Stuck with two alternatives that you just can't choose between? Use this simple method and expedite your decision-making process. (As used by world-leading corporations Enron, WorldCom and - our insurance company - AIG.)
- Get a coin.
- Make Option A heads.
- Make Option B tails.
- Flip the coin.
- Do not look at the result, but cover it with your hand and gaze at it for a while.
- When you catch yourself thinking, "I hope it's ...." then you have your decision.
- If time passes and still this thought does not cross your mind, reveal the result.
- You may accept the outcome, in which case you have your decision.
- If you decide to do it again, you have your decision without even needing to flip the coin: It is the opposite of whatever the original result was.
Today just happens to be our 4-year England wedding anniversary. Stephen is handsome, witty, intelligent, and so many other good things all rolled into one. AND he does the dishes quite a lot. :)
I couldn't ask for a better bloke!
Wish us a happy one!
Amazing story! Every day I realize how much I need Jesus. I don't believe anybody is better or worse than anyone else. We all need him. This excerpt from Romans 3 (The Message translation) is so clear and uplifting: "Since we've compiled this long and sorry record as sinners...and proved that we are utterly incapable of living the glorious lives God wills for us, God did it for us. Out of sheer generosity he put us in right standing with himself. A pure gift. He got us out of the mess we're in and restored us to where he always wanted us to be. And he did it by means of Jesus Christ." I feel so blessed to know Jesus and to have so many brothers and sisters around the world who rely on him, too. I'm encouraged by David Lu's testimony. Hope you are, too.
BBC NEWS | Asia-Pacific | Taiwan's gangster-turned-preacher
No, that's not my IQ. It's actually the magnitude of the earthquake we had today here in Japan while I was doing some online research.
My only advice to you is: Never have a desk chair on wheels if you live in a country notorious for earthquakes. It was a very moving experience.
really pays off! I think this guy probably runs way faster than me. Sad. And to think, I'm only turning 30 this year.
BBC NEWS | Asia-Pacific | Japanese 95-year-old sets record
Went to see a former student of mine in a ballet yesterday. Saori is now a third-year middle school student. She's in the back, wearing a blue tutu, just to the left of the flowered wagon. I was so proud of her, especially during a solo performance when she just completely awed the audience. Made me want to do ballet again! Didn't think they wanted a lumbering gaijin teacher on the stage, though.
Anyway, my friend Naomi and I had a great time and came away bolstered and joyful. We both really loved seeing the wee lassies do their dances as well. Adorable! I think they were about 3 or 4, but did much better than I ever did when I was 7 and 8 at Miss Carolyn's School of Dance in Pine Hills, Florida. My guess is that, in true Japanese style, the girls here probably have to practice every day for hours and hours, no matter their age. It definitely paid off.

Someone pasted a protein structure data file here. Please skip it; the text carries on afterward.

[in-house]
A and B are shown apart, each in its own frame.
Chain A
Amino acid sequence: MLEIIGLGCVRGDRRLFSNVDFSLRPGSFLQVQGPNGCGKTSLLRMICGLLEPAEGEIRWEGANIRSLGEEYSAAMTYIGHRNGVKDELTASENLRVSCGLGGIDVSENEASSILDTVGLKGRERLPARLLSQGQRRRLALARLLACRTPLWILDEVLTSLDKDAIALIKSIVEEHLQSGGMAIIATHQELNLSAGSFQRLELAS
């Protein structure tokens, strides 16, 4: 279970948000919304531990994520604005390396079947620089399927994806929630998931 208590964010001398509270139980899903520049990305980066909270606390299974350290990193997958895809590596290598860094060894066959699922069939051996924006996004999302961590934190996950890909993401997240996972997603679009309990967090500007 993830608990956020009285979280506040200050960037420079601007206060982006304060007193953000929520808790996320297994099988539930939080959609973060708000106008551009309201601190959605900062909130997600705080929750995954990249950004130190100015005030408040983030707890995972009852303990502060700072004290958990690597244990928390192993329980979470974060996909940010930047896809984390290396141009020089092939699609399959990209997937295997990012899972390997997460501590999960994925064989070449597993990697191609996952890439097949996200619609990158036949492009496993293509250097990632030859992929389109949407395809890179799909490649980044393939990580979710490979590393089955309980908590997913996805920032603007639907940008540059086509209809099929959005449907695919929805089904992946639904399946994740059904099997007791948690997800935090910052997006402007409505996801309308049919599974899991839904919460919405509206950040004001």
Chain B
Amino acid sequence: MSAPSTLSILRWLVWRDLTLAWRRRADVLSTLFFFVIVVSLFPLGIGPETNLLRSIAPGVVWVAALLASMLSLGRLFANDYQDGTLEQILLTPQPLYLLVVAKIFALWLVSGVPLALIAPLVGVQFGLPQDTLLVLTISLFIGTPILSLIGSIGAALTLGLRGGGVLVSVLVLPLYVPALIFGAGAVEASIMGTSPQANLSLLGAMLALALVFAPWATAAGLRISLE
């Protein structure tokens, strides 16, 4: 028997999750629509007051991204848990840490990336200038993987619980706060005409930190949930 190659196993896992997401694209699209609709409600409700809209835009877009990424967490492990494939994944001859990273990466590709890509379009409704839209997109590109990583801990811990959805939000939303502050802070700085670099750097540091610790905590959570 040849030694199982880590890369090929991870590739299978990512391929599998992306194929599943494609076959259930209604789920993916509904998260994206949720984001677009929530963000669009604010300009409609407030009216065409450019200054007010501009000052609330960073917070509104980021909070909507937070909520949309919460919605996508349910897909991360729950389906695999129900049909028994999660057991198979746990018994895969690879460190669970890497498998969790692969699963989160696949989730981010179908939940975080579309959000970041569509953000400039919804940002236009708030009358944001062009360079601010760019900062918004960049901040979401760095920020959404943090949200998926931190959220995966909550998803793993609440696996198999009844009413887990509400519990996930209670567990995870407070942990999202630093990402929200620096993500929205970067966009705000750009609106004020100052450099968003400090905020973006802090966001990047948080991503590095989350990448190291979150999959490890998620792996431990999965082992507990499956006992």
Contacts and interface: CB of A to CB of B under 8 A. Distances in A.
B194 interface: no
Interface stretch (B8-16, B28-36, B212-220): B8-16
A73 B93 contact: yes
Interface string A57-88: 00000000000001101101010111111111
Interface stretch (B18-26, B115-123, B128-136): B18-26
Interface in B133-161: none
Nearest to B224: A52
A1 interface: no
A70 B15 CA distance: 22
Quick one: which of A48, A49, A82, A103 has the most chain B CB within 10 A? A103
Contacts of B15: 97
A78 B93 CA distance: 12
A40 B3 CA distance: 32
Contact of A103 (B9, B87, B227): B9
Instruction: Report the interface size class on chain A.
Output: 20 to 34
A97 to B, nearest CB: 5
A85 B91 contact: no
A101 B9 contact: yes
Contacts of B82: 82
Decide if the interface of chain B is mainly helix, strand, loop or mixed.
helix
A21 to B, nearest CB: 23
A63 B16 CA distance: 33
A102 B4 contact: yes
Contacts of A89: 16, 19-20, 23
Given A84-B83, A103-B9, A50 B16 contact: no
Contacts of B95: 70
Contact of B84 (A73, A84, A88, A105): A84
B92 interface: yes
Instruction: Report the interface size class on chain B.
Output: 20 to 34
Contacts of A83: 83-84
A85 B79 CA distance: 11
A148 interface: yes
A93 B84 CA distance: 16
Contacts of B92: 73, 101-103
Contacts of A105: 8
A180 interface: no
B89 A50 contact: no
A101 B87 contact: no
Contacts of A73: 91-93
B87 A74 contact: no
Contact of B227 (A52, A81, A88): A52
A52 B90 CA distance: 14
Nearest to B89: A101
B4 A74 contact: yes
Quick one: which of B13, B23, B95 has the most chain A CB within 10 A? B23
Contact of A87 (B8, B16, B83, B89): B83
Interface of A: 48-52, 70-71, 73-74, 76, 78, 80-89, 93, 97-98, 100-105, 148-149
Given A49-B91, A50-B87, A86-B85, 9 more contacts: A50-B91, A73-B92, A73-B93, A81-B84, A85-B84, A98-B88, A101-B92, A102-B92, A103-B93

Well, that is one of my little catch-phrases these days, but this story on the BBC is really wrong:
The Sri Lankan government invites Oxfam and other aid organizations into the country to help, because it cound not cope with the scale of the Tsunami disaster. So what do they do? They then tax Oxfam $5,000 per day per4x4 vehicle brought in to transport this aid. And if Oxfam - one organization - has paid out $1 million, how much has been charged in total among all the aid groups?
I have expressed my disgust in an email to the Sri Lankan government. Disgust that was significantly multiplied when I arrived at their website and found a banner saying "Help Tsunami Victims". You help tsunami victims!
You can see for yourselves and write your own angry email here:
BBC NEWS | South Asia | Oxfam pays $1m tsunami aid duty
Have you ever heard of a rainy season without rain?
Allegedly the muggy Japanese season of three or four weeks of rain started this past Saturday.
It rained Saturday. It rained a few drops last night. But other than that, the birds are chirping, I hear classical music blaring from the loudspeakers at the elementary school down the road, and I'm going to make my way to a local shop in a few minutes - on dry ground.
What is this world coming to?
Recently I've been studying Japanese characters (kanji) by going to our little local library branch and reading cookbooks. One I spent quite a bit of time on was Okaasan no Aji (literally translated the taste of mother). Yesterday in Japanese class as I was explaining one of the recipes to my sensei which involved ground beef, macaroni, and curry powder, she laughed and said she'd never heard of such a weird recipe in Japan. (I actually thought the creation was tasty; Stephen wasn't so crazy about it.)
I've tried a few of the recipes but couldn't bring myself to make the broccoli and strawberry salad. I don't think mother would've approved of that one.
Click on the link below to see the cover of the cookbook with pictures of a few of the dishes.
Amazon.co.jp： 本: お母さんの味大百科―これがわが家の味!21世紀の家庭料理決定版!
4 years today! I am so happy to be with Abigail, it just seems like the time has flown by - like the little love birds on our anniversary cards.